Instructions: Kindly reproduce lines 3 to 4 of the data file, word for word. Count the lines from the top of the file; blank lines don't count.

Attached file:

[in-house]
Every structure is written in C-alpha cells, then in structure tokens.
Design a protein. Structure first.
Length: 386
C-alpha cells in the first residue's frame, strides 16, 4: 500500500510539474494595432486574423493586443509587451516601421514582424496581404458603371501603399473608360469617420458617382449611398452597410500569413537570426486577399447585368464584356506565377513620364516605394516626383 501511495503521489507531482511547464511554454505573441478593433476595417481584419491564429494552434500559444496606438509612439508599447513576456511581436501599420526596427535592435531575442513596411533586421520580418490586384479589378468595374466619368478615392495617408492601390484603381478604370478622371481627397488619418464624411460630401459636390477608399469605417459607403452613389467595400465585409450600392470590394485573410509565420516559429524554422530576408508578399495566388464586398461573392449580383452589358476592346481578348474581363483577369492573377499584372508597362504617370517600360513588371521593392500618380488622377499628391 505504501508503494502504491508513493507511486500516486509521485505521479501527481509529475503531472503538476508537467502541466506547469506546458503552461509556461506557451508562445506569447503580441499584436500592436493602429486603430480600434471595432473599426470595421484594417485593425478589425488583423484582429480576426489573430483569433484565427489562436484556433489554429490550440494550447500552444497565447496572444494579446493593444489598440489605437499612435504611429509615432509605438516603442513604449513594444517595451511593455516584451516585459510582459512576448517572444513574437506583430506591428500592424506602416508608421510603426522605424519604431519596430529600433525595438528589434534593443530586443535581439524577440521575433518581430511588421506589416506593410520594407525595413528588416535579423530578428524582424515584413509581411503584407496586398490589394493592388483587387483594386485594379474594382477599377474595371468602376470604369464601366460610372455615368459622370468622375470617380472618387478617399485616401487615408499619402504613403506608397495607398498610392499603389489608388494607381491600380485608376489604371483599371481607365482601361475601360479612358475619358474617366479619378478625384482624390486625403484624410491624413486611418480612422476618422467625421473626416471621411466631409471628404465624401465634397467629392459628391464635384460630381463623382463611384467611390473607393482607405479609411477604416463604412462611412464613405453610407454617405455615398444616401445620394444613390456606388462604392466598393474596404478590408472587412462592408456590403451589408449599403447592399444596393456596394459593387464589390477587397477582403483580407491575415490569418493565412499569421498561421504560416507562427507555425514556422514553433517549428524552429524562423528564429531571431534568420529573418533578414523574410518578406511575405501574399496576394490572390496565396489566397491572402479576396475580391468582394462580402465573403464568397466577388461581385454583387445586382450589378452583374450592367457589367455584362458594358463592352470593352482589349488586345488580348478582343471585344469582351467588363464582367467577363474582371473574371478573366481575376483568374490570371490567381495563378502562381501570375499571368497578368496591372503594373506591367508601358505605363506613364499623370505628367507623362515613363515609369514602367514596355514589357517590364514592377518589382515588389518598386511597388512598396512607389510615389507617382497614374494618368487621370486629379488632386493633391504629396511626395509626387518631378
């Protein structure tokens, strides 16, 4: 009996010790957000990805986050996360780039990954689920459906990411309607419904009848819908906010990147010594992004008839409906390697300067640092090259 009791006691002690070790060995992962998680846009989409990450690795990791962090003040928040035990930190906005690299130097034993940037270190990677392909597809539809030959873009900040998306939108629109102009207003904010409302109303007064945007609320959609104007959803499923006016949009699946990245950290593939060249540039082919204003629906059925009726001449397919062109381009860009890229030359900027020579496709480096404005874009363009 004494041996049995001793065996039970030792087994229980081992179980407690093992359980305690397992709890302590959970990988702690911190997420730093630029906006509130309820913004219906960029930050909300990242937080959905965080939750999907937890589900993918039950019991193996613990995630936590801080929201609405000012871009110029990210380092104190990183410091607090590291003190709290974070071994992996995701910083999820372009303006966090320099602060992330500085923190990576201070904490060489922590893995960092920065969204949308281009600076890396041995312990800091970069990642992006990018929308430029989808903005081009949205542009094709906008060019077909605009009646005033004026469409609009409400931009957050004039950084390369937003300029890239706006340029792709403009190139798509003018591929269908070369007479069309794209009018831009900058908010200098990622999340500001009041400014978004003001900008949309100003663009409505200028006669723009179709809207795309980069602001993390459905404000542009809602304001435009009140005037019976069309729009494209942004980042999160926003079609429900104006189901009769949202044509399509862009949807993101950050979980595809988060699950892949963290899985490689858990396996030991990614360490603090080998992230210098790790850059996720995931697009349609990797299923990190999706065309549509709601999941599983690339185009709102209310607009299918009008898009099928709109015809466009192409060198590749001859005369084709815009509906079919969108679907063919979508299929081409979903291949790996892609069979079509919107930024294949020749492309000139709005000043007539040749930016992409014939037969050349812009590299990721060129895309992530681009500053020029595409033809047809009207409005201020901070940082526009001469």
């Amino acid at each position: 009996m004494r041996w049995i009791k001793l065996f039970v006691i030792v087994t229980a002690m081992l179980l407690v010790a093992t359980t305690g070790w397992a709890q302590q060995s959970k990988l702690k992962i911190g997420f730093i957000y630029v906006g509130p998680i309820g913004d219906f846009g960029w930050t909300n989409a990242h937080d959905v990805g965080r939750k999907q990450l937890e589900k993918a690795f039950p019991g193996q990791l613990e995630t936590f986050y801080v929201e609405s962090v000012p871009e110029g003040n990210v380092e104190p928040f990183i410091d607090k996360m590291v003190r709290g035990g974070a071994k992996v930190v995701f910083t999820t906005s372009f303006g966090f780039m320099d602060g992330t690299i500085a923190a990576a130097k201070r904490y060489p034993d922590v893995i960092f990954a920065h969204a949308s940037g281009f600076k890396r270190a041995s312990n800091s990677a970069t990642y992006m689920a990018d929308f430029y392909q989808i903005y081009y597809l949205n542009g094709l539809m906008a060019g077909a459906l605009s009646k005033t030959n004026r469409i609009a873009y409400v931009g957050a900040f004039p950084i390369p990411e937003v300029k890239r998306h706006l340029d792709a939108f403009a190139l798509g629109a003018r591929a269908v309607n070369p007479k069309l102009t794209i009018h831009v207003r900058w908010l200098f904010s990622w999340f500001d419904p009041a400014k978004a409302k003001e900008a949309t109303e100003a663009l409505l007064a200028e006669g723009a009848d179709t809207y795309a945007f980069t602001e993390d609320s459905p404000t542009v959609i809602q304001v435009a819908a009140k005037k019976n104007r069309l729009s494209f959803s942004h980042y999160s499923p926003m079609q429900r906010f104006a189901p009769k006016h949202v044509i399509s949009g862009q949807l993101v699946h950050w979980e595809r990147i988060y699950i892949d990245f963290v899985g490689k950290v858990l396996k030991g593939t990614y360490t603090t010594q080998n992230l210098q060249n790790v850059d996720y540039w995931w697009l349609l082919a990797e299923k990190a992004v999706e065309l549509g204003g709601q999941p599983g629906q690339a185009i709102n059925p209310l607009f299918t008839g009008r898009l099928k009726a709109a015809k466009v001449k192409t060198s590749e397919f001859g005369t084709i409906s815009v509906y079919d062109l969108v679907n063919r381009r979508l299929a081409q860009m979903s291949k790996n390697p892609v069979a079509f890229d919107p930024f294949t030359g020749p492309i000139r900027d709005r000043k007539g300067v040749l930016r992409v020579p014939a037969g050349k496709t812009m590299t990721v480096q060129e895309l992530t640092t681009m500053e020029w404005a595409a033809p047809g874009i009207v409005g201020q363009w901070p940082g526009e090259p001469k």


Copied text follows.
Design a protein. Structure first.
Length: 386